I remember that my eyebrows shot up when I read about this couple and I wondered what sort of people they must be. To be honest, even as I type this, I have found that my eyebrows are knitted in disgust thinking about them. To my mind, naming their children as they have was phenomenally unwise because in most sectors of society such names will prove to be liabilities to the children's efforts to get ahead in life. The reason that they will be liabilities is because most of us feel that these names are in extremely poor taste and we wonder what sort of people would label themselves in this way. In thinking this way we would be blaming the children for the sins of the parents in the first place and then, after that, for the effects of their upbringing if they were not to change these names. So, we add yet another moral question to our daisy chain.
To move back to my central topic of why I write though, I want to link this point of someone's name being a label for self with the issue of taking a political stand and painting a picture of the world as we feel that it should be. Now that I've thought about it some more, I can see where it is idealistic to want an Ibo couple to have no qualms about naming their son a Yoruba name. I saw nothing wrong with it when I was first challenged yesterday, because I have stated publicly before that I feel that we should live and let live if there is no harm done. In thinking it through however, it has just occurred to me that the Campbells may well feel the same way.
So, the issues of anarchy and the decision about who determines when harm has been done arise. Through writing I may feel free to give voice to how I feel about the world, but what about other people's rights to do the same. Through writing I can vent my political beliefs through the words and actions of my characters, but so too can others. Through my stories I get a chance to create and sustain a world according to how I would do it were I God, or if I had the courage, or the personality, to run for political office. I get to dispense justice to the people whom I do not like without consequences, and I get to reward the nice people (my friends and me in disguise?) handsomely with abiding love, fabulous riches, happy families, successful careers and satisfying sex even if they do not look like supermodels.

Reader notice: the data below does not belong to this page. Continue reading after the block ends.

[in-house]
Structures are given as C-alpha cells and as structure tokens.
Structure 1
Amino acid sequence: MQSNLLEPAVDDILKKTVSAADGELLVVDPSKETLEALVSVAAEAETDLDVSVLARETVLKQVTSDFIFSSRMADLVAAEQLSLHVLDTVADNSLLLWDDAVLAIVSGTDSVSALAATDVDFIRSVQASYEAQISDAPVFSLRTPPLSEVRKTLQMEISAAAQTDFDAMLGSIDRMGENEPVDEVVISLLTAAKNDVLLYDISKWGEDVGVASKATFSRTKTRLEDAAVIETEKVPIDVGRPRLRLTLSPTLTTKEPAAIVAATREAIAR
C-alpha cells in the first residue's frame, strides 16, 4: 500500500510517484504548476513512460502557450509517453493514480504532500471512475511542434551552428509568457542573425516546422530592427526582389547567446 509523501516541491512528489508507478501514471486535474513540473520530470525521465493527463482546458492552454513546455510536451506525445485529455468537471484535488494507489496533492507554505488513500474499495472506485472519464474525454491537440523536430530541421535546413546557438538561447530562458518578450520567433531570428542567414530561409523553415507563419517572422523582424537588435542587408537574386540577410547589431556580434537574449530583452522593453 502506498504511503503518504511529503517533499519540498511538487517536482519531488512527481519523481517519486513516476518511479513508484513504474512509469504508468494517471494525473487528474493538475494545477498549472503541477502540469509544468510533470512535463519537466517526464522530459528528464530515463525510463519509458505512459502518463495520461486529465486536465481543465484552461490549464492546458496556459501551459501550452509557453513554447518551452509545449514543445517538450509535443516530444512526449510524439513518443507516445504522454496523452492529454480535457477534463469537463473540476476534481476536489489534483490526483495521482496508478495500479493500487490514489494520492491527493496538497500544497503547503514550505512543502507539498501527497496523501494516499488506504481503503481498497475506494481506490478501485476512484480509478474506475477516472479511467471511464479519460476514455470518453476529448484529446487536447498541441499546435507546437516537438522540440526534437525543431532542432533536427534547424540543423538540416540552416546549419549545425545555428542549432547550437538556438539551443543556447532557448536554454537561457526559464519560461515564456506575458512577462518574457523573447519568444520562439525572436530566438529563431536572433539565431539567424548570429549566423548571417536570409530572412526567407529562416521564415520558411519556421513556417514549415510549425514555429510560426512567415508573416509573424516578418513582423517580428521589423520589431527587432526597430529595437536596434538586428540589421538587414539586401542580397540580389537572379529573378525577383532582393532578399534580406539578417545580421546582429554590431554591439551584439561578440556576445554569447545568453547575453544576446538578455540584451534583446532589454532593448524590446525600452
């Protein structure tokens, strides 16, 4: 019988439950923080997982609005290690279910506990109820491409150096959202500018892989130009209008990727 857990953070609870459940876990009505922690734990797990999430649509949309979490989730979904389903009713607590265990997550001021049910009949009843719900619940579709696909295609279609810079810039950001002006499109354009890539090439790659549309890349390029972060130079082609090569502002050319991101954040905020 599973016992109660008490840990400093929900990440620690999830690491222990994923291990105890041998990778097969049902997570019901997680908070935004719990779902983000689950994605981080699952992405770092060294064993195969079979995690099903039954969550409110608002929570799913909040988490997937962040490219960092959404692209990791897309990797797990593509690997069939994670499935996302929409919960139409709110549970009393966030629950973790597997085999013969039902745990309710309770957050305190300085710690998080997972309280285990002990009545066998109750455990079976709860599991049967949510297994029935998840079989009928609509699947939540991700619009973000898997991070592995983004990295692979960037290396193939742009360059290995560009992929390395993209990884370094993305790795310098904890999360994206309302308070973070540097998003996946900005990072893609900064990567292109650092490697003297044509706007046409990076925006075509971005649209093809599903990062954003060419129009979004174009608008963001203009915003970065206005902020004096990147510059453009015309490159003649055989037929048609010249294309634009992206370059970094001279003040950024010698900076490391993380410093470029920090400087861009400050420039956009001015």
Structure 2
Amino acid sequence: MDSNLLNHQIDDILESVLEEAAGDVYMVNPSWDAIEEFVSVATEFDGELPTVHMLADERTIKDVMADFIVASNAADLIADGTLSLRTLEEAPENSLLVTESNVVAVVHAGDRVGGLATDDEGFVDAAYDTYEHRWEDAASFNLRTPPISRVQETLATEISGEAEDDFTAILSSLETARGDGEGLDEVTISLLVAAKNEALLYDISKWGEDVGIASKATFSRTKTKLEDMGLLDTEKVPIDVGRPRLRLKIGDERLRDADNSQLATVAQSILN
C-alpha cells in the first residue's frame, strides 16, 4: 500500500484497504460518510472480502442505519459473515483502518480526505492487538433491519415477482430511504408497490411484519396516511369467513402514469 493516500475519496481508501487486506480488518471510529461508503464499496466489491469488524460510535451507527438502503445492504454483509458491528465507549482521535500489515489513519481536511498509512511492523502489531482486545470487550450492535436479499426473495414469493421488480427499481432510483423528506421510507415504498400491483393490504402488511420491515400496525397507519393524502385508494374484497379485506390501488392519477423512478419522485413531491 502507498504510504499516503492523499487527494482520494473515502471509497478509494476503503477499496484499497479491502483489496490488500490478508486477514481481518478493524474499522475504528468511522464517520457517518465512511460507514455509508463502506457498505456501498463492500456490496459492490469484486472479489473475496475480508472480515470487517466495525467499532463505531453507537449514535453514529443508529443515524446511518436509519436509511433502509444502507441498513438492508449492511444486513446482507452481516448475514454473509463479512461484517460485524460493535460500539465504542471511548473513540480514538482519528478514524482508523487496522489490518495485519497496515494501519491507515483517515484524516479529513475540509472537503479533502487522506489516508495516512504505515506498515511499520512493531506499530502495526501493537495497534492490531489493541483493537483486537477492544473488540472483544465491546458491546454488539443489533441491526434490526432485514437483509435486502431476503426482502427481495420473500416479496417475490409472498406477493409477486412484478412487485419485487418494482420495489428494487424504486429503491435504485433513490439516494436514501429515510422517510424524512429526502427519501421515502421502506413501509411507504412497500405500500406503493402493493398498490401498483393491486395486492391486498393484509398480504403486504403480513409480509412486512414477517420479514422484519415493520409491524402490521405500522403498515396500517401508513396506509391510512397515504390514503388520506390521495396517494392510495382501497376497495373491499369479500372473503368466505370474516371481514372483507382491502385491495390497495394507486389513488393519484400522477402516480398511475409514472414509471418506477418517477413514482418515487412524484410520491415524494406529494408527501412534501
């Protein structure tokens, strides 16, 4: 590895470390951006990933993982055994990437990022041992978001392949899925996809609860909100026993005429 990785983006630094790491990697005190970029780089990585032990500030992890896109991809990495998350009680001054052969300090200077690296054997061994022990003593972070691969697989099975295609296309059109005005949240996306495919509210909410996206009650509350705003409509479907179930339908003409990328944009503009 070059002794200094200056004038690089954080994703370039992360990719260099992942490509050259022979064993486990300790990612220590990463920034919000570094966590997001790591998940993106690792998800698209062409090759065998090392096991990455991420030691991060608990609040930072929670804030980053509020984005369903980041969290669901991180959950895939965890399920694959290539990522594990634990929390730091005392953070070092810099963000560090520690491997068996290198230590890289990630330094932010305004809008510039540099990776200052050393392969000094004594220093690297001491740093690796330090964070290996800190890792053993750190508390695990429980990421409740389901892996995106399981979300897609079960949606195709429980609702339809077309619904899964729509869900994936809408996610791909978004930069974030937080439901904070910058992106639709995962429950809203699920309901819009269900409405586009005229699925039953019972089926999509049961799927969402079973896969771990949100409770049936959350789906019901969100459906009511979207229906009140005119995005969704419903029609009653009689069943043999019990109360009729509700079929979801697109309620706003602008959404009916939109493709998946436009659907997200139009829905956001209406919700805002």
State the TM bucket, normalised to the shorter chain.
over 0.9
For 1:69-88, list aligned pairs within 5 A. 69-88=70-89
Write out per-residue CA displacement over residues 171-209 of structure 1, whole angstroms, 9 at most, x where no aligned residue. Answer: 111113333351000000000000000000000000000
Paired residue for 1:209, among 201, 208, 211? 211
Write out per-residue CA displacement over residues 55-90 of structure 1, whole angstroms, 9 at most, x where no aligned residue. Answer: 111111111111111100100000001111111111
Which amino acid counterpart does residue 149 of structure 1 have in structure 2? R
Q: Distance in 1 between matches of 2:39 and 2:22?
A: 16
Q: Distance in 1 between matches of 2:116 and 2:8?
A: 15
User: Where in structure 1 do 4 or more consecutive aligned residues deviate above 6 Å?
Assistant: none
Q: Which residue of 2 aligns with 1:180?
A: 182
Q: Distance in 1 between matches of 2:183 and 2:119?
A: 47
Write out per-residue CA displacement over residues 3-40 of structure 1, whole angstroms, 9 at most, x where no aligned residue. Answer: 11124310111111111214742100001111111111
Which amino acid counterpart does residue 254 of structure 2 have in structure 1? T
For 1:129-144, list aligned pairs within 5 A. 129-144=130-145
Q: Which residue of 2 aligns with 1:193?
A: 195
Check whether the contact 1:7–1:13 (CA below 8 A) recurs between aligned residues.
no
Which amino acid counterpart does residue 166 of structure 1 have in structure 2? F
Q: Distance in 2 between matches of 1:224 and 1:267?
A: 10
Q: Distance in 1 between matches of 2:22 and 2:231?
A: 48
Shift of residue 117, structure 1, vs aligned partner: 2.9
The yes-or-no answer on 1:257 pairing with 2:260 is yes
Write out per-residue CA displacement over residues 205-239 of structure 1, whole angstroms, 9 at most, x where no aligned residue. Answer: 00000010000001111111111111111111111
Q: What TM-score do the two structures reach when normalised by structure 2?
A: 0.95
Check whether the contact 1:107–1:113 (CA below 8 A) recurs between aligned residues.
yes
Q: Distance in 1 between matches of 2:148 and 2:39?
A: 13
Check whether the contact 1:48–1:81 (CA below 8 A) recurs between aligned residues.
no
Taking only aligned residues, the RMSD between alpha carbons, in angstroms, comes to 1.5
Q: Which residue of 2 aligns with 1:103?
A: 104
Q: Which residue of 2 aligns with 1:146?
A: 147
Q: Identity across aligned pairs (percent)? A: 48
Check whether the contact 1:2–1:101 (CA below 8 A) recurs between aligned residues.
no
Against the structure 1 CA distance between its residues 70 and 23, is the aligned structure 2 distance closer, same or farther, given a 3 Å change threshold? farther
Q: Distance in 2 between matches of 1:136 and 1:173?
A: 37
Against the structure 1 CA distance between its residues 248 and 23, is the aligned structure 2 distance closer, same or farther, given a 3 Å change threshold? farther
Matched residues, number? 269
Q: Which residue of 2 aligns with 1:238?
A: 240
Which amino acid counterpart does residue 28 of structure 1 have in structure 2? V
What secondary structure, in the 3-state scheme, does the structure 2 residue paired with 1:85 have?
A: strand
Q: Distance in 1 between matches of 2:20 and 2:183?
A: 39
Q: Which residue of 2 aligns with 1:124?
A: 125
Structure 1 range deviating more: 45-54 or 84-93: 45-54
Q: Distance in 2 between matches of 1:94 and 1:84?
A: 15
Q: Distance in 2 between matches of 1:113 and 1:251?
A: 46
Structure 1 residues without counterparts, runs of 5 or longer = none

With this realization, the last of my motives for writing comes under scrutiny. I think that it is very important to me that I say the things that I want to say and that I do not do this anonymously; an ironic statement since I say what I feel I must under the pseudonym 'Cinner'. With this in mind, the question of my courage emerges. The desire to be heard may be the spark that lit my conflagration, but the fuel behind it is that I cannot allow myself to stop until I have said it all; for to do that will prove to me that I am a coward. Continuing to submit my thoughts for public scrutiny has become a character-building exercise for me. It tells me that I am unafraid to raise potentially unpopular views to controversial issues and it assures me that I am above the need for the good opinion of others. Of course, none of this is true. No matter what I may say elsewhere the truth is that I am overjoyed with each sign of support from my readers and I am afraid of my inability to just leave things alone. The thing about proving one's courage though is that one must fight through fear in order to prove oneself worthy of being labeled a success.